T Bone-Jumbo - T Trap

For a long time I tried in vain to come up with a great outside run for T Bone-Jumbo, only to be stymied by the lack of a receiver split wide to block the cornerback on tosses and sweeps. After a fairly idle off season I came back for with a flurry of new plays to try out for Madden '06, and while T Trap isn't exactly the outside play I originally envisioned, I must say that the results pleasantly exceeded my expectations. To put it quite simply T Trap is one of the most versatile and purely effective running plays that I've ever developed. It has big gain potential yet is fairly reliable, cutbacks can be made in almost any direction for significant gains, and a bevy of motion and Playmaker options provide a huge number of looks for defenses.

One weakness I have found is that very aggressive defenses, especially ones with active, attacking linebackers (such as the Philadelphia Eagles), are able to stop this play much more frequently than typical defenses. This maybe is to be expected for any running play intended primarily to go outside. It also makes sense given that the play is a bit slower developing than the average running play, with the pulling guard and FB and the hop step taken by the back. This shouldn't discourage you from using T Trap regularly, just be sure to mix things up to keep defenses off balance and keep them out of attack mode. Additionally, the longer setup time is what allows the RB to react to the defense and blocking unfolding and make the cutbacks necessary to take advantage of openings, so it's a worthwhile tradeoff.

Player Assignments

Position Action
Left Tackle Run Block
Left Guard Pull Right
Center Run Block
Right Guard Run Block
Right Tackle Run Block
QB Handoff to HB
SE and TE Run Block
Left FB (FB #2) Lead Off Right
Right FB (FB #1) Lead Wide Right
HB Hop Step - Sprint Right

See the Madden Playbook Guide for a description of these symbols.

Blocking Assessment

T Trap manages to trap defenders with the help of the deceptive lead block of the strong side FB. While defenders are likely to flow to the middle anticipating a run up the gut behind this FB's lead block, the actual purpose is to free up the right side of the offensive line, as well as the inside FB and pulling guard, to block outward to the strong side. If the defense gets sucked in deep enough the RB will have clear running to the outside. If not, well, as you'll see there are a quite a few cutback opportunities available in other directions.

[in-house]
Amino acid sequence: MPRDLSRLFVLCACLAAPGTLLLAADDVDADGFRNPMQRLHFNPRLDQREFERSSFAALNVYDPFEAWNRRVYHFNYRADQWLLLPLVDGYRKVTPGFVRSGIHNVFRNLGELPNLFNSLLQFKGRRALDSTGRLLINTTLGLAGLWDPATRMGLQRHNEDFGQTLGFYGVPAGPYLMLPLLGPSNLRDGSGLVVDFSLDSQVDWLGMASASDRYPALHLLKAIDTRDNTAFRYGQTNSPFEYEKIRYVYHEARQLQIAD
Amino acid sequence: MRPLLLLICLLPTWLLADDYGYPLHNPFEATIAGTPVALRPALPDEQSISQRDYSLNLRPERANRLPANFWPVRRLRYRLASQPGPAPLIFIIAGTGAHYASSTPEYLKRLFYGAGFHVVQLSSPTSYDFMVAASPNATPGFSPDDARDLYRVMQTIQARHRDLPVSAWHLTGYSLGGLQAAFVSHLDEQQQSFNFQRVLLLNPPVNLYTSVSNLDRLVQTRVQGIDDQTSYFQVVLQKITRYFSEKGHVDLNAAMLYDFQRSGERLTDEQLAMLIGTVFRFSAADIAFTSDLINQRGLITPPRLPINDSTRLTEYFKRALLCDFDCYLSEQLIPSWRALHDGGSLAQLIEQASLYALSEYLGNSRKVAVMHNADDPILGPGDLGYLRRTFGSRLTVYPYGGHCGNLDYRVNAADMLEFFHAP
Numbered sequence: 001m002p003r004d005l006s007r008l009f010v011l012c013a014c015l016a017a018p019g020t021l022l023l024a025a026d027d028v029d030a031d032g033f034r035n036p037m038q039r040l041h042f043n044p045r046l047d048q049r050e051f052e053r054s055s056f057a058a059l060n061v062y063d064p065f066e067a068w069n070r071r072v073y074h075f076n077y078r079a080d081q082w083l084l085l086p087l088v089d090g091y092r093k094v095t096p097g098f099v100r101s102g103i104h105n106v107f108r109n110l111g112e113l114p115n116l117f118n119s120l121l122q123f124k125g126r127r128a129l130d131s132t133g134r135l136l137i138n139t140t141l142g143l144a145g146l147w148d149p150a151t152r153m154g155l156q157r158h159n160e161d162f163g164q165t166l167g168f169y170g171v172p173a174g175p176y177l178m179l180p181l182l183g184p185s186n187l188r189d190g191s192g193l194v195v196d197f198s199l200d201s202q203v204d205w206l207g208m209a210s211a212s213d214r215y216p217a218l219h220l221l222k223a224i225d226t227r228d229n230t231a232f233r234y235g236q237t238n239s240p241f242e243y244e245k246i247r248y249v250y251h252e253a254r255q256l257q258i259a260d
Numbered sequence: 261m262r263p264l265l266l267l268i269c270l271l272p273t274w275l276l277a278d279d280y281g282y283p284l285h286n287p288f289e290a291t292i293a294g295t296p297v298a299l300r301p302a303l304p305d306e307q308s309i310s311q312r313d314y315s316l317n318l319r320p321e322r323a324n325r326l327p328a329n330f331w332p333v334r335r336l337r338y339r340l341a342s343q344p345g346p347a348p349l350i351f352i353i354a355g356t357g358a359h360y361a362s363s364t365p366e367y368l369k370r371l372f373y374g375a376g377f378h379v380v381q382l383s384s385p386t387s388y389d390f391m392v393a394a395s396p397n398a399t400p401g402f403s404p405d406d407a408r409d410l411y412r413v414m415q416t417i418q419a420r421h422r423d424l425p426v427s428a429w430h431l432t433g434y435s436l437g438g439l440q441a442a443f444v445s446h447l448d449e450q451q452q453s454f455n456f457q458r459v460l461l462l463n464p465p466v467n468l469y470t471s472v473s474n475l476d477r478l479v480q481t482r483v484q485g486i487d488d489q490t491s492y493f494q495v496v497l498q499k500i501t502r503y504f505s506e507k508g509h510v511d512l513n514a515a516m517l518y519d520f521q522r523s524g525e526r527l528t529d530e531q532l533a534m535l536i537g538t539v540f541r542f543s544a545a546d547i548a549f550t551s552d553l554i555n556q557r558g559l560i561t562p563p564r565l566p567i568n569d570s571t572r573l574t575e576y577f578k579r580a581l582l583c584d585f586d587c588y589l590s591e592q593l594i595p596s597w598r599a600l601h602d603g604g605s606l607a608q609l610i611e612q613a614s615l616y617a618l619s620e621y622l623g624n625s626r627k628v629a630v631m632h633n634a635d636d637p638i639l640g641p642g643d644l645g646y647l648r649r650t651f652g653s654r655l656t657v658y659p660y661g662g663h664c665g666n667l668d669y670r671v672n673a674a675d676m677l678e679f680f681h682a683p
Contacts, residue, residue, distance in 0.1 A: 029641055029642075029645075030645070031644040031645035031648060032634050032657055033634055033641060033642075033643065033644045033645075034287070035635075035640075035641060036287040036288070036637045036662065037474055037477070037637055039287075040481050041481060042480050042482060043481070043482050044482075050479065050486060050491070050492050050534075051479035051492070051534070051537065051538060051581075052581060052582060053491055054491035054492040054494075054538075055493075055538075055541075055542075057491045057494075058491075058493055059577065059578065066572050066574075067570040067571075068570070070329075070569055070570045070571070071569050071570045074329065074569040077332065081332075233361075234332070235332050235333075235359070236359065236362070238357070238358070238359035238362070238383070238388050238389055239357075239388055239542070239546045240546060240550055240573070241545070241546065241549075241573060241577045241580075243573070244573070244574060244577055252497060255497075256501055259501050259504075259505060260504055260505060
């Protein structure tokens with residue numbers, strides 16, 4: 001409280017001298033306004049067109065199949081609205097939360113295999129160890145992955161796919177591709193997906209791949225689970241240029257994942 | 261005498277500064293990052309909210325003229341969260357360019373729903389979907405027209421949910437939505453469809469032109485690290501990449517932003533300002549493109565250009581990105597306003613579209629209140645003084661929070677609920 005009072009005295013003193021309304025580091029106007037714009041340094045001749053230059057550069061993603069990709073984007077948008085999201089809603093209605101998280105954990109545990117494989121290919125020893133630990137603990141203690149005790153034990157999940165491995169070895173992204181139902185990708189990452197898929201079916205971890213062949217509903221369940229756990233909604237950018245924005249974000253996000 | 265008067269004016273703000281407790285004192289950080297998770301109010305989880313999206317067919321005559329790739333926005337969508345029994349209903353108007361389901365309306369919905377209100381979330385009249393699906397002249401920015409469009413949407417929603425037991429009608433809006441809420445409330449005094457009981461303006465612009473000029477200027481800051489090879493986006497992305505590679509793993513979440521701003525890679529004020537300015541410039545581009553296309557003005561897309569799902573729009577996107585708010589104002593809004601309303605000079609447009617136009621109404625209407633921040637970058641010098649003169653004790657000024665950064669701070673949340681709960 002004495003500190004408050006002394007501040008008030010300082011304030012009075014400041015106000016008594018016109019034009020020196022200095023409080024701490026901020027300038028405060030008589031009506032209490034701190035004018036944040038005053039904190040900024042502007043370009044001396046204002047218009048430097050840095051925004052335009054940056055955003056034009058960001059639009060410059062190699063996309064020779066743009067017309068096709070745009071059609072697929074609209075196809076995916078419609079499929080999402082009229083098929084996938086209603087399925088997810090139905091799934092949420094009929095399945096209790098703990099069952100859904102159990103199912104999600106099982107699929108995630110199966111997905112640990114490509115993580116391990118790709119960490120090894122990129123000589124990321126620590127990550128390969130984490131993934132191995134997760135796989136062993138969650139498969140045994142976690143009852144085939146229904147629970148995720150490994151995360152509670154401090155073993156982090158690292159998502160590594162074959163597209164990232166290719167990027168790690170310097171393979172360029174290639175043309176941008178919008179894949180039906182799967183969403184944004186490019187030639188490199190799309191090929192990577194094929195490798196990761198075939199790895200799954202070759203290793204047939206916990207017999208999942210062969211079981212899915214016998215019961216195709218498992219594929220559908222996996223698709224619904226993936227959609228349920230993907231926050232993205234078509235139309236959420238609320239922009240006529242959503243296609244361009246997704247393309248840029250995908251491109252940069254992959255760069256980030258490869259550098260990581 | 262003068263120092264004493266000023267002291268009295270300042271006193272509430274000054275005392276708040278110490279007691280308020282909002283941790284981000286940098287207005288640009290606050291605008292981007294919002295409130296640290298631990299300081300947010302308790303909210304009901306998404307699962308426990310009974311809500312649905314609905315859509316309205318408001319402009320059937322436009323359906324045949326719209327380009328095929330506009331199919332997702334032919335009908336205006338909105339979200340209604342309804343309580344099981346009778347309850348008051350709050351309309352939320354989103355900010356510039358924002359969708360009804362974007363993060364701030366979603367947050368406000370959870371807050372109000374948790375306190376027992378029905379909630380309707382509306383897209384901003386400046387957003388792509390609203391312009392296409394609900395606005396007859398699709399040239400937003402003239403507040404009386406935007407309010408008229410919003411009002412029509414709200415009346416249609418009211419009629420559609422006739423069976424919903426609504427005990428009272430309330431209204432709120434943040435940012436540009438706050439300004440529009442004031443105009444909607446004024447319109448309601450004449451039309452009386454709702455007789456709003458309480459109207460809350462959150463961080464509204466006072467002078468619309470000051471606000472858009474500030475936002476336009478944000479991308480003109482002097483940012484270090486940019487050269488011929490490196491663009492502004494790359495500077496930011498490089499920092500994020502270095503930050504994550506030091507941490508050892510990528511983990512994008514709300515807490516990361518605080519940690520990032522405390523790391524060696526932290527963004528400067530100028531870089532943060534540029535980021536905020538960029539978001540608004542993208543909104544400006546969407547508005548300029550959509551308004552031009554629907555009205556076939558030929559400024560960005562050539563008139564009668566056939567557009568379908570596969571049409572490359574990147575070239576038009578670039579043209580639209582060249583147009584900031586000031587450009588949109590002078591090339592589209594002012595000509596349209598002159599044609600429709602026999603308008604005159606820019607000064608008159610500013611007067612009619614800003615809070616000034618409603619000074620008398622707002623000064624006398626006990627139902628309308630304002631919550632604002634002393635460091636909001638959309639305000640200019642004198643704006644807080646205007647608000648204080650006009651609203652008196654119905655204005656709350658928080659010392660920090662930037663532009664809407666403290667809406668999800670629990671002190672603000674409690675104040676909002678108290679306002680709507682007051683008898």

As indicated the first option is to get outside, staying behind the lead blocking inside FB until defenders are cleared out before hitting the turbo. Don't worry about a CB split out wide, the FB should be able to clean his clock easily enough, so just stay behind your block until the way is clear. If the CB is able to stay outside take the first cutback option, inside of the leading FB but outside all offensive linemen. More likely than a CB forcing the RB inside late, a blitzing LOLB or looping defensive end (such as with DE Contain) might shut down the outside early to force this cutback. The chances for a long run are reduced inside but don't worry, there are still good gains to be had, especially since an outside blitz will open lanes straight upfield.

Cutback option #2 is inside of the pulling guard, back behind the other big bodies of the O-line as well as the strong side FB. This is something to look for if the D-line spreads wide before the snap. Occasionally, if the defenders all rush to the strong side you might take cutback #3, bouncing back all the way out around left tackle. I don't do this often, but I have managed some good gains when defenders are out of position. A better solution is usually to Playmaker to a weak side run, at least if the defense shows it's overload before the snap. Motioning the strong side FB over to lead block provides a backup running play almost as good as the original drawn up, though more vulnerable to backside pursuit.

One final note: those of you sticking with Madden 2005 might not have quite as much success with T Trap as players of 2006; although it's successful against CBs spread out wide in zone coverage the outside runs usually take advantage of the Madden 2006 behavior which causes even zone CBs to slide over to cover the nearest eligible receiver. I didn't design the play to take advantage of this quirk (which has annoyed me to no end with my own defenses), but the fact is that a lot of outside runs are suddenly more effective in 2006 than in previous versions.




Contact Arkaein with any comments or questions regarding the Monstrous Madden Playbook.